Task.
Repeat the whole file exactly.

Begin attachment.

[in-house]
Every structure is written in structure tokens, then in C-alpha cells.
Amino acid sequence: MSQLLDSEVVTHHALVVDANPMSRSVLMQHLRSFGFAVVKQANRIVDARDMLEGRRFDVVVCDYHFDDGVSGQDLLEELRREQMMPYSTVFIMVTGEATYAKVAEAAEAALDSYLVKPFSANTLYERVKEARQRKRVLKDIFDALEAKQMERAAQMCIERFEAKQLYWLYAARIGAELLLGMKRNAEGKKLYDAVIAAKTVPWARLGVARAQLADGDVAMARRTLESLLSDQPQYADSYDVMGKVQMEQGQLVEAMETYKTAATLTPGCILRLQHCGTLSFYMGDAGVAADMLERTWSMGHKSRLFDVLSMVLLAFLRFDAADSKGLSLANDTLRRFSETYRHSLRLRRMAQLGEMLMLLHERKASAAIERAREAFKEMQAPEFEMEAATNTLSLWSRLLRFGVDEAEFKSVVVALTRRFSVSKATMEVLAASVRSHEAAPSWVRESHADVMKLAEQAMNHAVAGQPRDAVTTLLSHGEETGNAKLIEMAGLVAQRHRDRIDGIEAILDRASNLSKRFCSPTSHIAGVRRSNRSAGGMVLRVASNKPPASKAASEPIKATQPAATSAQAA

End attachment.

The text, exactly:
[in-house]
Every structure is written in structure tokens, then in C-alpha cells.
Amino acid sequence: MSQLLDSEVVTHHALVVDANPMSRSVLMQHLRSFGFAVVKQANRIVDARDMLEGRRFDVVVCDYHFDDGVSGQDLLEELRREQMMPYSTVFIMVTGEATYAKVAEAAEAALDSYLVKPFSANTLYERVKEARQRKRVLKDIFDALEAKQMERAAQMCIERFEAKQLYWLYAARIGAELLLGMKRNAEGKKLYDAVIAAKTVPWARLGVARAQLADGDVAMARRTLESLLSDQPQYADSYDVMGKVQMEQGQLVEAMETYKTAATLTPGCILRLQHCGTLSFYMGDAGVAADMLERTWSMGHKSRLFDVLSMVLLAFLRFDAADSKGLSLANDTLRRFSETYRHSLRLRRMAQLGEMLMLLHERKASAAIERAREAFKEMQAPEFEMEAATNTLSLWSRLLRFGVDEAEFKSVVVALTRRFSVSKATMEVLAASVRSHEAAPSWVRESHADVMKLAEQAMNHAVAGQPRDAVTTLLSHGEETGNAKLIEMAGLVAQRHRDRIDGIEAILDRASNLSKRFCSPTSHIAGVRRSNRSAGGMVLRVASNKPPASKAASEPIKATQPAATSAQAA